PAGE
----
Mar 23 2010
A judge has ordered the release of a Guantanamo Bay detainee described in the 9/11 commission report as a significant al-Qaida operative who provided advice to three of the Sept. 11th hijackers.
The ruling in favor of detainee Mohamedou Ould Salahi was disclosed Monday in a two-sentence court entry. U.S. District Judge James Robertson will issue a written decision at a later date explaining his reasons for granting the detainee’s petition. The detainee remains at the U.S. prison at Guantanamo Bay, Cuba, and the Obama administration could appeal Roberton’s order. (HAH! Fat chance)
The 9/11 Commission report says Salahi was known to U.S. and German intelligence a decade ago and living in Germany when he gave instructions to four men about how to reach Afghanistan to train for jihad. Three of the men later became Sept. 11 hijackers — Mohamed Atta, Ziad Jarrah and Marwan al Shehhi. The fourth was Ramzi Binalshibh, who helped coordinate the 9/11 plot and who now faces trial.
Lt. Col. Stuart Couch, a former military prosecutor who prosecuted terrorism planners and financiers for the Marine Corps for three years, has said Salahi was one of the men he was assigned to prosecute. Couch told a University of Georgia audience last year that he discovered interrogators had obtained much of the evidence against Salahi through torture and refused to press charges.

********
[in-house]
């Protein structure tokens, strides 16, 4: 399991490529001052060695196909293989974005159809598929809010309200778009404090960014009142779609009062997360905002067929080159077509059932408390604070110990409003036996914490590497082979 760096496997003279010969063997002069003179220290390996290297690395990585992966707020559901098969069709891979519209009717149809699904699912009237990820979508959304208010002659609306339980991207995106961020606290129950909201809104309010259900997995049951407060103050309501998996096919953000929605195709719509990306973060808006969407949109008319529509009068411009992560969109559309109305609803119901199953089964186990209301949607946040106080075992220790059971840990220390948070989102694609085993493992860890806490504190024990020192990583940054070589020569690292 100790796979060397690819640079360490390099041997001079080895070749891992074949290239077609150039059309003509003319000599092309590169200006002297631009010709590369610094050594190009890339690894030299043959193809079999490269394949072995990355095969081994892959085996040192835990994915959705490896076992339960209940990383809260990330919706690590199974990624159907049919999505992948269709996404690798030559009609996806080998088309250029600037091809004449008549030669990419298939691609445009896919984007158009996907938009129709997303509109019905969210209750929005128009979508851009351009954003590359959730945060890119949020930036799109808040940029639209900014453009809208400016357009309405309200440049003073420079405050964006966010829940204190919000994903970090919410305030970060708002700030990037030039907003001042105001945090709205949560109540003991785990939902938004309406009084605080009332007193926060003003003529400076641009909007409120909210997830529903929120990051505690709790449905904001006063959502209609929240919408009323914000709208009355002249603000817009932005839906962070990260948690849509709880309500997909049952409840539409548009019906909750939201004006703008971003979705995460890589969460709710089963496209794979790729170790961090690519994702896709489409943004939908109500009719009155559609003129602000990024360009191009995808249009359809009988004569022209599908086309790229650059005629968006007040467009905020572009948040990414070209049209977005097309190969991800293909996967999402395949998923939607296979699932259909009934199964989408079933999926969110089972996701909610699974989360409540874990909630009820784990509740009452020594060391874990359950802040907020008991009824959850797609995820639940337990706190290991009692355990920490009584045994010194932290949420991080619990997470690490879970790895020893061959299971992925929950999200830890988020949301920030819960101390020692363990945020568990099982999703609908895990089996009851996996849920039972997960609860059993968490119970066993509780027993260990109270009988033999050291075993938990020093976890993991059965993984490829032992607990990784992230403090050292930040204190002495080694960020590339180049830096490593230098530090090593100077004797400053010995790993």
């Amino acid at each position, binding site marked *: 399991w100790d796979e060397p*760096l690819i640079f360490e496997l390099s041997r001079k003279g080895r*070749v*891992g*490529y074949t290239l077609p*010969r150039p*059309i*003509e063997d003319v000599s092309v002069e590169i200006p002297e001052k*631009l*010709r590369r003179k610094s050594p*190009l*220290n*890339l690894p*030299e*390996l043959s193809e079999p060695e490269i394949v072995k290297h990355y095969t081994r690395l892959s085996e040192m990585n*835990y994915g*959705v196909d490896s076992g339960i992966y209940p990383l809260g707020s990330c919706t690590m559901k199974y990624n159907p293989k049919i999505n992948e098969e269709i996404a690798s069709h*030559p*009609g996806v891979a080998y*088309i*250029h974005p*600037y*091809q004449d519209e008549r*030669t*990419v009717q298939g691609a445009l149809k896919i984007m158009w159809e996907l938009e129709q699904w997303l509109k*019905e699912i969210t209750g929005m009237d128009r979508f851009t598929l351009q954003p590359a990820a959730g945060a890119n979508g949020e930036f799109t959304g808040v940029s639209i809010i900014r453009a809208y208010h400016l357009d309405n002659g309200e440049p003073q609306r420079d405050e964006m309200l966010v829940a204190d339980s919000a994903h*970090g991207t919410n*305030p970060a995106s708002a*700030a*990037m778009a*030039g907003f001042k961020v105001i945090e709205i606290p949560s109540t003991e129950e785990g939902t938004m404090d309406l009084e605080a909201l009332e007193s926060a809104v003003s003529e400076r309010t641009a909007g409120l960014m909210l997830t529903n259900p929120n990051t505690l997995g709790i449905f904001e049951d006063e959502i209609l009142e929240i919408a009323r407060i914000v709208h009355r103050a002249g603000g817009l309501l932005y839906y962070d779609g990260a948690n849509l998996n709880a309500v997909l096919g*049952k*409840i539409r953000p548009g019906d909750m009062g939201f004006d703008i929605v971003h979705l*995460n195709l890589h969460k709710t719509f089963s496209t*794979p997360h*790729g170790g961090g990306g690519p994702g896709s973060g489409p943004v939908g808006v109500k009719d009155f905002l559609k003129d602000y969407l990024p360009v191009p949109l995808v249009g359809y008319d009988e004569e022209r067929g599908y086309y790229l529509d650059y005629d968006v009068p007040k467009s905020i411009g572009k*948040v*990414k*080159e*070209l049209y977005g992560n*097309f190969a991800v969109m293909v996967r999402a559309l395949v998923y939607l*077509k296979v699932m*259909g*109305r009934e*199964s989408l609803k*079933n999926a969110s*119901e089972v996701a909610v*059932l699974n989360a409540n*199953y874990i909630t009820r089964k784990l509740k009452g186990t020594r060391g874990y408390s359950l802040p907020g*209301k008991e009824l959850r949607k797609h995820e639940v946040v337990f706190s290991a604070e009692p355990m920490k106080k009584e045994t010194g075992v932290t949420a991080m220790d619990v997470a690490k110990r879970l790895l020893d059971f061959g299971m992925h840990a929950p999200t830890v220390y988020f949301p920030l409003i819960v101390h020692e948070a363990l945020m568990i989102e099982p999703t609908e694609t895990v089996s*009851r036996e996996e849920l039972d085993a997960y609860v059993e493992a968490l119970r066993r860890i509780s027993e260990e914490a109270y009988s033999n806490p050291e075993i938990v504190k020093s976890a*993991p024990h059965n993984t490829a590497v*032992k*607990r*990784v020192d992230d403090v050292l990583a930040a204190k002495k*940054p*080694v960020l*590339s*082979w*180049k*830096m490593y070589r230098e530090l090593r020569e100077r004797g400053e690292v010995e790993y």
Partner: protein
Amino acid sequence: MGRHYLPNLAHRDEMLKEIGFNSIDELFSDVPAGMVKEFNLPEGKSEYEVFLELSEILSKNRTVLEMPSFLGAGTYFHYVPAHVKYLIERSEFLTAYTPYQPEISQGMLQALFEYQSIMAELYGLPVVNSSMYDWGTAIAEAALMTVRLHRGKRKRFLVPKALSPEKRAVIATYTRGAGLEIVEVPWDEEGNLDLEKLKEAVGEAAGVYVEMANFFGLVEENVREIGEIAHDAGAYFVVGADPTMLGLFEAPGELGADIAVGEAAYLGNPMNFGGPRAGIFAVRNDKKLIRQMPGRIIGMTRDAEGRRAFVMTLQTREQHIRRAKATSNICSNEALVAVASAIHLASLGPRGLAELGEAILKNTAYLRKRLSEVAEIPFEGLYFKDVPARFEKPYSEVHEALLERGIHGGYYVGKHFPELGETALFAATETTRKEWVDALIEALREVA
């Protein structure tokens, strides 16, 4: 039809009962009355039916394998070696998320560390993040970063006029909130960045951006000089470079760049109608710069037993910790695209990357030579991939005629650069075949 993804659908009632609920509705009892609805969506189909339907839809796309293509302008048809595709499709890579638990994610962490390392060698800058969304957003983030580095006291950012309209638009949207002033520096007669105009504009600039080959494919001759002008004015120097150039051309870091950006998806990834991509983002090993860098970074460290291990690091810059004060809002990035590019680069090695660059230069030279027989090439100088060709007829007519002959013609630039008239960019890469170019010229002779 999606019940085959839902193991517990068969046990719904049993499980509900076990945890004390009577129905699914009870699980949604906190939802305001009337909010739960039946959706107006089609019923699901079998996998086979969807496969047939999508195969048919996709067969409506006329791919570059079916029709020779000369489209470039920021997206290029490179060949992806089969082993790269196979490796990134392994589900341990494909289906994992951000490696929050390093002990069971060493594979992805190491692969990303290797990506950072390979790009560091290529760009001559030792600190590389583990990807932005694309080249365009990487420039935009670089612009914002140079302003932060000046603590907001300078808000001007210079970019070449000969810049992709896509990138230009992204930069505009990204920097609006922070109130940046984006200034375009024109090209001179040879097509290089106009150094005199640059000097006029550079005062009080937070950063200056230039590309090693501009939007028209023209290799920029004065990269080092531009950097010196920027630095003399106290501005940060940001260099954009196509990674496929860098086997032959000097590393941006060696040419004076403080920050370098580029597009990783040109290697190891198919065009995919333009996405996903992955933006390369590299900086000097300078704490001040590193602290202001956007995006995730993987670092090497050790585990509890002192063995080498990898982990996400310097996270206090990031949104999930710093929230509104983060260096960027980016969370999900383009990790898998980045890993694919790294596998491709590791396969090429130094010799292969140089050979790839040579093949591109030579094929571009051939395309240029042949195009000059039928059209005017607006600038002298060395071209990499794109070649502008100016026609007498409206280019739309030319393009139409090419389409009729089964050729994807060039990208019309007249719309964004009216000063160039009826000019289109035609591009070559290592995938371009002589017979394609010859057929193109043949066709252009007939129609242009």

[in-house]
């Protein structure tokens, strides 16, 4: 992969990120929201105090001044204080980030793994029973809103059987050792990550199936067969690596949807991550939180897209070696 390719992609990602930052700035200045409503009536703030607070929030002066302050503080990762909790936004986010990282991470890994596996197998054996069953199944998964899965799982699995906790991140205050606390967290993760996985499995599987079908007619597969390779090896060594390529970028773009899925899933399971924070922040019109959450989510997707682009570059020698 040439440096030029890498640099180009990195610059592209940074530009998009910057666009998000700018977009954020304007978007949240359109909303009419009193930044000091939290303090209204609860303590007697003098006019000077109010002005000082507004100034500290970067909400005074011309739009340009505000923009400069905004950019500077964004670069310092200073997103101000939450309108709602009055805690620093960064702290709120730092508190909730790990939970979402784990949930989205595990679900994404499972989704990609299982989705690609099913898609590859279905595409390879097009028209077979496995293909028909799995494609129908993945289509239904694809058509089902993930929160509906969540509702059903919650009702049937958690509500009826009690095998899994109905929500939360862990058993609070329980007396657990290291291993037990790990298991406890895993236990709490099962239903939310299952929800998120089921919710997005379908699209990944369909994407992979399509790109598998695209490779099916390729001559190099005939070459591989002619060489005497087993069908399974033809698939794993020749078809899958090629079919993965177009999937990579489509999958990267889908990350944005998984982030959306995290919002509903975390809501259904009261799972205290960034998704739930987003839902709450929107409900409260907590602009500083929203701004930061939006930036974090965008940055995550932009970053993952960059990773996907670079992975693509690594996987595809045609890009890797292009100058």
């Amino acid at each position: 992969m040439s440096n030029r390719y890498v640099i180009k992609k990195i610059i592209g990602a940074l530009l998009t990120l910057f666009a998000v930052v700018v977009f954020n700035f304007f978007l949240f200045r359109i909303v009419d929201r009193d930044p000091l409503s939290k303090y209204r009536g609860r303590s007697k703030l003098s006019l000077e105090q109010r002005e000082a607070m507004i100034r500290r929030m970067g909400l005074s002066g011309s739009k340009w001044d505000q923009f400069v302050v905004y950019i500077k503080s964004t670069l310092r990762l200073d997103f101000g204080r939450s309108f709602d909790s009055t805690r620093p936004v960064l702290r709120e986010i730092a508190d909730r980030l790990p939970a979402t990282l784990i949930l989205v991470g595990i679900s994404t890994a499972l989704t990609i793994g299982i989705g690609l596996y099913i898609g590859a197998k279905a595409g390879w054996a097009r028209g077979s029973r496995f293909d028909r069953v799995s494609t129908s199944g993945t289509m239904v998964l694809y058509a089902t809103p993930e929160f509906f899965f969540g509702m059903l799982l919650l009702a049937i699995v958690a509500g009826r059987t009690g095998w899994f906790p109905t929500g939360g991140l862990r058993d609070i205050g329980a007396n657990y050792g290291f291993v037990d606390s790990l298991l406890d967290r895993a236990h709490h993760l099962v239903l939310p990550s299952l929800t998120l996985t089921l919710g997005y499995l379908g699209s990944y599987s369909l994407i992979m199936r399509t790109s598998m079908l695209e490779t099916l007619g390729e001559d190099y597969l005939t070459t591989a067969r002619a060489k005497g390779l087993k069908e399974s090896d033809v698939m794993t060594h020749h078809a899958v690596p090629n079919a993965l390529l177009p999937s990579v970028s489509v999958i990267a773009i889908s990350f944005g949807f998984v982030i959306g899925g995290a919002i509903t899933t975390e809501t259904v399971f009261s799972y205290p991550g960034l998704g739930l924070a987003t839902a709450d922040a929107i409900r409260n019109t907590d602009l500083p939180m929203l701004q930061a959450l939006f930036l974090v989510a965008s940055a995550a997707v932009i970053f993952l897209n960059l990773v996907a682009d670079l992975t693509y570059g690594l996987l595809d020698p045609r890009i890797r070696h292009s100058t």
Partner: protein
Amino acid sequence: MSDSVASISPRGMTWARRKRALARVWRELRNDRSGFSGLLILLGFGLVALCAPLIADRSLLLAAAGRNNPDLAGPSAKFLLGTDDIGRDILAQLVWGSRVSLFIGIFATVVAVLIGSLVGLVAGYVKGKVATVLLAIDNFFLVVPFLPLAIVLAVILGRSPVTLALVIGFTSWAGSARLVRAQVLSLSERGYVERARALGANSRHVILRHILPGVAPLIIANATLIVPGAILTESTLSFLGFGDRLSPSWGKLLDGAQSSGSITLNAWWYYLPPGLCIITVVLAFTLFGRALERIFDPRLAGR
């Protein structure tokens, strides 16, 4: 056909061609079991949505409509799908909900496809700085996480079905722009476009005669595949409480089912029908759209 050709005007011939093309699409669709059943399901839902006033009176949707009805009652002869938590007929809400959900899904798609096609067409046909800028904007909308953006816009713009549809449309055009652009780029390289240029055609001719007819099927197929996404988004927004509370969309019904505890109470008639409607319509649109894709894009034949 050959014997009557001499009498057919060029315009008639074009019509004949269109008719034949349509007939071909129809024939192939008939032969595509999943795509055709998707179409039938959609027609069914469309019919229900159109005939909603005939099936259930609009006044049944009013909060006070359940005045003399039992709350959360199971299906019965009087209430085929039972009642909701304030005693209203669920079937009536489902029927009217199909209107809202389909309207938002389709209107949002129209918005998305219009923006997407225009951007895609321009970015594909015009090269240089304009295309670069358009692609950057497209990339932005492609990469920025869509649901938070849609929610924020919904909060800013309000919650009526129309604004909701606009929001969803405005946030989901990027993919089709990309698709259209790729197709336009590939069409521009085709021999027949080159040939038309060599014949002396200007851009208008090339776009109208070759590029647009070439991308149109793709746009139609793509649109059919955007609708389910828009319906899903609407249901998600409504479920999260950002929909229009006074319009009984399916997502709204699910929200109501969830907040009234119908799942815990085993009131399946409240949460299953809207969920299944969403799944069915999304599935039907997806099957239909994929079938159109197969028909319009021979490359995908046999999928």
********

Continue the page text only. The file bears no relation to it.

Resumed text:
Couch said he tried to resign, but was told he would be demoted to captain and sent into combat in Iraq if he quit. He dropped the Salahi case and stayed on as a prosecutor until his assignment ended, when he was named an appellate judge. CBS NEWS
Salahi was known as an operative over a decade ago, and his collaboration with al-Qaida is clear. At this point allegations of “torture” could mean anything ranging from having his peanut butter stolen to the horror of having to wear women’s panties on one’s head to which one filthy al-Qaida was subjected. Or maybe they made him think he was in a West Hollywood nightclub with lots of loud music, standing for hours on end, not getting enough water, and certainly not enough sleep.Waterboarding? Not so lucky–we know of the (unfortunately) few times that has been used on al-Qaidas, and with great success.
Note the Reluctant Prosecutor has been rewarded with a judgeship.